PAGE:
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Thanks for taking time to visit the 2008 Happisburgh Bird Diary, we hope you enjoyed reading it. To find out what Ossie and I see this year please visit the Happisburgh Parish Bird List 2009 ...

31st August - 6th September

The start of the week looked promising with a light SE'ly wind and hazy sunshine which was broken by a heavy shower during the afternoon. Several spells of rain and heavy showers followed almost daily until late on Friday from when it remained dry through to the weekend. Apart from a brief time in the NW onTuesday, the wind remained off the land, returning to the SE during Friday where it stayed. Monday to Wednesday were rather breezy.

Optimistically, I set off along the track to the Coastwatch early on Sunday morning. It was the last day of August and the wind was a light SE'ly; there ought to be something about, even if only some common migrants having arrived overnight from mainland Europe. As I reached the cottages half way along the track some movement in the large Willow there drew my attention. My suspicions were soon confirmed when a young Pied Flycatcher flitted back into view. Moving my position slightly, two more darted out of the tree onto the roof of the first cottage where they perched briefly before seeking out the safety of more foliage. A classic drift migrant in such weather conditions at this time of year Pied Fly's, as they are referred to by most birders, are captivating little birds with their dark eye staring out from a rather plain face as they flick their wings and tails before sallying off to snatch an unsuspecting flying insect. The males in spring are striking black and white birds but are, sadly, infrequent visitors. The gardens and hedgerow along here were quite productive and by the time I had continued along the clifftop and back through the caravan site and churchyard I had seen 2+ Willow Warblers, 5+ Chiffchaffs and 3 Wheatears to add to the tally. On the ground behind the Cricket Club were 5 Yellow Wagtails whilst another 2 flew over head to the south-east. A Hobby shot through too; not the usual bird I see around for this was a juvenile bird. Calling from overhead, but unseen, were single Golden Plover and Common Sandpiper, their positions high in the hazy sky impossible to locate. A text from Andy told me he had been up to the Decca site during the morning where he had seen 2 Whinchats and a Tree Pipit.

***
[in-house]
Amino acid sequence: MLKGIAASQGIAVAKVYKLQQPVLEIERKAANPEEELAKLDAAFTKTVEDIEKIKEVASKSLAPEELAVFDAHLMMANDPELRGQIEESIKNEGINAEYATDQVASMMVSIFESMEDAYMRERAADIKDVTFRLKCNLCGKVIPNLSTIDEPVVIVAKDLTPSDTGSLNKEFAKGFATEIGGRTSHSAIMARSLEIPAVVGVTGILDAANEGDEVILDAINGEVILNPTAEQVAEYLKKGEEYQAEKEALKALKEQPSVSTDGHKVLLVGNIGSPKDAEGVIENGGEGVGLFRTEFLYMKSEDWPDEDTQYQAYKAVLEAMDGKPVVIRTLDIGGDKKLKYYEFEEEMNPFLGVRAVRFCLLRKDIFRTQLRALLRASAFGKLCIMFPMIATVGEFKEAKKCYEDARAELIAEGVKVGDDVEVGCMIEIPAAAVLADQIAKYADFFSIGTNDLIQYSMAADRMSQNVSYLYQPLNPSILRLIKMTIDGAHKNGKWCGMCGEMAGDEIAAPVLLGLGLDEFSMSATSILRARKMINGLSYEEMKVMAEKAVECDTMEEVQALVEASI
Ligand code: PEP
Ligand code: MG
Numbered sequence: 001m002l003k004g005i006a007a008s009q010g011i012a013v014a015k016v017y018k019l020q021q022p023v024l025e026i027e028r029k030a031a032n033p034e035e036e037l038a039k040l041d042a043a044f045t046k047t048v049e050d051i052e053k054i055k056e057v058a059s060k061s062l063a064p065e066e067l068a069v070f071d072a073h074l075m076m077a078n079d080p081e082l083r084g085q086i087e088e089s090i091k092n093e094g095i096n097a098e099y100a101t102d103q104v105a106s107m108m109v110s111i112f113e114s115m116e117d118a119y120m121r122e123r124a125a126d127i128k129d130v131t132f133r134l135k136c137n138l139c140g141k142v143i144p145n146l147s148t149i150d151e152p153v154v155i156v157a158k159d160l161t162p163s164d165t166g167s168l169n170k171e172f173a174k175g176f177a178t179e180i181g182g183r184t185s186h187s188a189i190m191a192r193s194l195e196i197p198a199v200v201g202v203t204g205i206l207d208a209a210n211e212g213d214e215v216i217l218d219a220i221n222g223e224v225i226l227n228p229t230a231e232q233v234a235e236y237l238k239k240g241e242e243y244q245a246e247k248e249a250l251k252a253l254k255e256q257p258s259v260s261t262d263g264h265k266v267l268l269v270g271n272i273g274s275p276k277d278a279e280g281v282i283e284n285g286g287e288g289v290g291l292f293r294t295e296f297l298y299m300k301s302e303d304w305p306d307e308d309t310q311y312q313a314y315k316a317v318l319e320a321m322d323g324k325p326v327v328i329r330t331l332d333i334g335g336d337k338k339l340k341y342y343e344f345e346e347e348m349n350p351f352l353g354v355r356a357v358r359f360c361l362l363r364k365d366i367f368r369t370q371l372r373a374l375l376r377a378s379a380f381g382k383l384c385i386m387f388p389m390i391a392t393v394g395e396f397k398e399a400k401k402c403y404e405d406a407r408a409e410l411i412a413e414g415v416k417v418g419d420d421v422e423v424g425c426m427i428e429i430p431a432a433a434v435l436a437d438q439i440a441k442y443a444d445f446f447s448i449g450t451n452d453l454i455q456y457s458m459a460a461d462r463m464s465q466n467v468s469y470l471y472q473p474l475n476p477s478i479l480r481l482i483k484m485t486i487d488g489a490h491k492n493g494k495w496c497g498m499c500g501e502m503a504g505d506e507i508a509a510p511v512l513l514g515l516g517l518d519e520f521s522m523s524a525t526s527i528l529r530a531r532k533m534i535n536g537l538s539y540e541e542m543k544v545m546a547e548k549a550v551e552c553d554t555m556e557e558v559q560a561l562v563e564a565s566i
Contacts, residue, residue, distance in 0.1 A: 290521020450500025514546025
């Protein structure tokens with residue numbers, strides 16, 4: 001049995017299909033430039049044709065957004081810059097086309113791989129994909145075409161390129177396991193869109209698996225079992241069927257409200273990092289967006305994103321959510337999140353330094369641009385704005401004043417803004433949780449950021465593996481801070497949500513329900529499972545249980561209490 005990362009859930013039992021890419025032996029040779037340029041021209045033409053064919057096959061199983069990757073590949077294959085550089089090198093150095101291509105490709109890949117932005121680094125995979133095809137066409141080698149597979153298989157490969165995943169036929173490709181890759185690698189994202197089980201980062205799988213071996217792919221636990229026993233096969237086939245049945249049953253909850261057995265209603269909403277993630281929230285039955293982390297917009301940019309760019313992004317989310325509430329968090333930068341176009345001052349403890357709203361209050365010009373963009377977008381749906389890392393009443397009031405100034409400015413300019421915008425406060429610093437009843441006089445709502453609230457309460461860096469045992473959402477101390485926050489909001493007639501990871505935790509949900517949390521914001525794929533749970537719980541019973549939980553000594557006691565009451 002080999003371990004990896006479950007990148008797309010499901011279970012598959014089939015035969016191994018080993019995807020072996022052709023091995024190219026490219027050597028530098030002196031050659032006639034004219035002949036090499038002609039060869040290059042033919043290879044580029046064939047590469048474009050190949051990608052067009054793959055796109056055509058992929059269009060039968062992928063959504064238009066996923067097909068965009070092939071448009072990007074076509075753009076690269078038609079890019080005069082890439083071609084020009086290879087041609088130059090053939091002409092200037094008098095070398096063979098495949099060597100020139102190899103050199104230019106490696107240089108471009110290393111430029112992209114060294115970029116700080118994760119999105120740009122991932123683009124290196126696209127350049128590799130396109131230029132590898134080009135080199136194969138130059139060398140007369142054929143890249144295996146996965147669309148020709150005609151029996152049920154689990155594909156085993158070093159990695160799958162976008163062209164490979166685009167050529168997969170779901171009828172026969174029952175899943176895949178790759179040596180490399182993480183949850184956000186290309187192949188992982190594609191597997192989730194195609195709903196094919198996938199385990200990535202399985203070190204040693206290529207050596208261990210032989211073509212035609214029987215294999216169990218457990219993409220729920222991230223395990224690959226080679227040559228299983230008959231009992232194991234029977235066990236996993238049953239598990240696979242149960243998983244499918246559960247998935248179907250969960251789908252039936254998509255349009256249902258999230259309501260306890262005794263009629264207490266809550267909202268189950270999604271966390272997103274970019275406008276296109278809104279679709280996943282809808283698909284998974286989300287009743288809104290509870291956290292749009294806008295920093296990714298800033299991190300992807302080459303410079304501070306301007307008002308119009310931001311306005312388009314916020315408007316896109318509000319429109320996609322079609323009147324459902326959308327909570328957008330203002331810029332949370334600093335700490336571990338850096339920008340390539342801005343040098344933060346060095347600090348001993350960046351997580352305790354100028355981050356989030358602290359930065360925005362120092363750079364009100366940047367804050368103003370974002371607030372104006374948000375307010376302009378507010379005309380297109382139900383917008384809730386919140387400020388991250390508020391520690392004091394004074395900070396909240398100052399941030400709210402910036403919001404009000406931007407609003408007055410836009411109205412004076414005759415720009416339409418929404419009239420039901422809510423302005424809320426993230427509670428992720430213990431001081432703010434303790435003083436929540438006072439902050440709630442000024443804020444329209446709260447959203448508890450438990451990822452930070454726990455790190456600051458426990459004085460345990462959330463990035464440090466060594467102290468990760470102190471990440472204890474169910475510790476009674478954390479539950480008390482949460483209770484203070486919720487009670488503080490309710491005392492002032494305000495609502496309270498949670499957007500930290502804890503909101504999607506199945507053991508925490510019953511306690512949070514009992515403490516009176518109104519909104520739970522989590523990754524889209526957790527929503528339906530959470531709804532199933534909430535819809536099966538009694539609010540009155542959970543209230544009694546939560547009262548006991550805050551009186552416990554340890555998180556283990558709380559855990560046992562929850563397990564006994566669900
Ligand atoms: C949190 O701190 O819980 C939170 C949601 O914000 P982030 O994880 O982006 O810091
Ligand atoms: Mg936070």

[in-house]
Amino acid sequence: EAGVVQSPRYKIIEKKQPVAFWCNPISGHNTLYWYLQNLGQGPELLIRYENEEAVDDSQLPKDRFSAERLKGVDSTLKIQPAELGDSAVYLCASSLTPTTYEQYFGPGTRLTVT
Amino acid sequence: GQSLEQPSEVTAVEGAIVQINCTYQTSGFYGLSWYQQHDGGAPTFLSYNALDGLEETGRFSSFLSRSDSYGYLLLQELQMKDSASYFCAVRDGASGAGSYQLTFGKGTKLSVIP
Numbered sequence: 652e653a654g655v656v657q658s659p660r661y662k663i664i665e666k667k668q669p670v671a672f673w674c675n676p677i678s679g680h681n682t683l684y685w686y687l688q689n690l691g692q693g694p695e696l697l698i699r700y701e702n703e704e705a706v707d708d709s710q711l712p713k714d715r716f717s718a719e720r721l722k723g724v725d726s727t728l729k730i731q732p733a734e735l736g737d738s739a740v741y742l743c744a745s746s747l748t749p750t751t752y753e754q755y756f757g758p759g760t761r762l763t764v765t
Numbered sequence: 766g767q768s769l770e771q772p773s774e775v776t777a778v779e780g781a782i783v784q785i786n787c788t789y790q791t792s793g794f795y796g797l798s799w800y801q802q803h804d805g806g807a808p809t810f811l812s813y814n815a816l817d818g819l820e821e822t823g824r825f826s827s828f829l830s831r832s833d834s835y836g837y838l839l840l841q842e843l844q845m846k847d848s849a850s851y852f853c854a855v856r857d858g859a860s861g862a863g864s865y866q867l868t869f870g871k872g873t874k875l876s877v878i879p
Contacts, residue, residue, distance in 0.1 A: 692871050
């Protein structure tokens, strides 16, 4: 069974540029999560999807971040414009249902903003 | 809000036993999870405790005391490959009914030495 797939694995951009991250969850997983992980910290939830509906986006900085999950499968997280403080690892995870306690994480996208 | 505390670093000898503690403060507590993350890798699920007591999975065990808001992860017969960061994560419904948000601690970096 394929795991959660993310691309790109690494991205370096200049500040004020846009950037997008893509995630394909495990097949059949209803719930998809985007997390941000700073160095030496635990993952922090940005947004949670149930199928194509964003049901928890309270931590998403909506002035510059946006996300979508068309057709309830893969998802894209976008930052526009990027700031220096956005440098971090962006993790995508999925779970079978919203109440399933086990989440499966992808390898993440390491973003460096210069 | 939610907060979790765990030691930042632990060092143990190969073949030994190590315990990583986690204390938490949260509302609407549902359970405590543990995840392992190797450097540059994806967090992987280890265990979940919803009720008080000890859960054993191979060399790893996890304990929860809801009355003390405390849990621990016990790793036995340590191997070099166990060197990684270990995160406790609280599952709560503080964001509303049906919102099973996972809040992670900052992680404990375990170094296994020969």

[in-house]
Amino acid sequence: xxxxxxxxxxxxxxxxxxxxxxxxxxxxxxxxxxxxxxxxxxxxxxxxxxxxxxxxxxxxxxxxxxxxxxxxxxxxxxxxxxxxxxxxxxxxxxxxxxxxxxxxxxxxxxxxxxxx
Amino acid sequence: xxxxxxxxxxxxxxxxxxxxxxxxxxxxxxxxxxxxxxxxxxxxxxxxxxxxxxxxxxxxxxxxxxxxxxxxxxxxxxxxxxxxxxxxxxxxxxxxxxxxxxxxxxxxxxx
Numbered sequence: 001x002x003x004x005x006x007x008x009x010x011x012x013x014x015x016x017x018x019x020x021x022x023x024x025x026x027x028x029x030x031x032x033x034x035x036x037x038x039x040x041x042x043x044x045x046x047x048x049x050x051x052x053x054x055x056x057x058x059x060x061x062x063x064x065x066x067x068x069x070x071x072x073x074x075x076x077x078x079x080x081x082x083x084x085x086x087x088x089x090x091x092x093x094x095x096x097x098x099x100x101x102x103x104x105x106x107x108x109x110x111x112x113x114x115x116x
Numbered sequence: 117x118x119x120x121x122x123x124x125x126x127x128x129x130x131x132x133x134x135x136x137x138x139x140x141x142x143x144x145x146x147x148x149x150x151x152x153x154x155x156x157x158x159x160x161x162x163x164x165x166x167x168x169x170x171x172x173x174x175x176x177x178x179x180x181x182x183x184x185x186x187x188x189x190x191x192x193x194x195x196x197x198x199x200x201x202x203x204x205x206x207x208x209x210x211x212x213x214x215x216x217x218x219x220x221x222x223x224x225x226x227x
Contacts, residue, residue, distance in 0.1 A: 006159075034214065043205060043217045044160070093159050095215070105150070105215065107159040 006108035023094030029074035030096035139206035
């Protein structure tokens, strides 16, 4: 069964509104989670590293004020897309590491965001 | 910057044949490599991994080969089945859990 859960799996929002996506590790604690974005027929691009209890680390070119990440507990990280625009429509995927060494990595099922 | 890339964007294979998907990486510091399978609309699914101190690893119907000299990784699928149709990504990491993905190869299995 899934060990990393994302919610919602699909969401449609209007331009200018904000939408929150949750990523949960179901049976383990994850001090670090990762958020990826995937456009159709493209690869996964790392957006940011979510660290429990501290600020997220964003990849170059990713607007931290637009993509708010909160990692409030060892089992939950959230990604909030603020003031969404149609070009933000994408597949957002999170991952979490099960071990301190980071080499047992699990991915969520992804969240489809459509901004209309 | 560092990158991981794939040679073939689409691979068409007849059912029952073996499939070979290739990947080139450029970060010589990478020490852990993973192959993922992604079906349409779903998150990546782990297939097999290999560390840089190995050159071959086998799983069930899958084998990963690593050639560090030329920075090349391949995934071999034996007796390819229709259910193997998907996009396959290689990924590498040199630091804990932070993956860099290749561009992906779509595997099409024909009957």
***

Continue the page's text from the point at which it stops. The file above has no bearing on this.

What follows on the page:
During the week Wheatears were seen on several days, peaking at 5 on Friday morning, the same day that a dark juvenile Arctic Skua was chasing Terns right over the beach. It was also this day I became aware that the number of Swallows around the houses at home had increased quite dramatically and in the region of 50 birds were present, spending time sitting on the wires and rooftops as well as noisily flying around. It's a wonderful sound to behold and one I revelled in for a while, wholly aware that they would soon be gone and only stragglers would be seen until their return next spring.

Classically an English association with summer, Swallows are most numerous in early autumn as birds flock up in preparation for the long, hazardous journey south.

An early seawatch until 8am on Saturday produced a Manx Shearwater south and 2 returning Fulmars offshore as well as 3 Shags and 4 Golden Plovers north, with 2 Sanderlings and a single Grey Plover south. Letting the cat out after her breakfast coincided with the adult Hobby patrolling the lane and 5 Chiffchaffs and a Willow Warbler were around the paddocks when I ventured out with Ossie...

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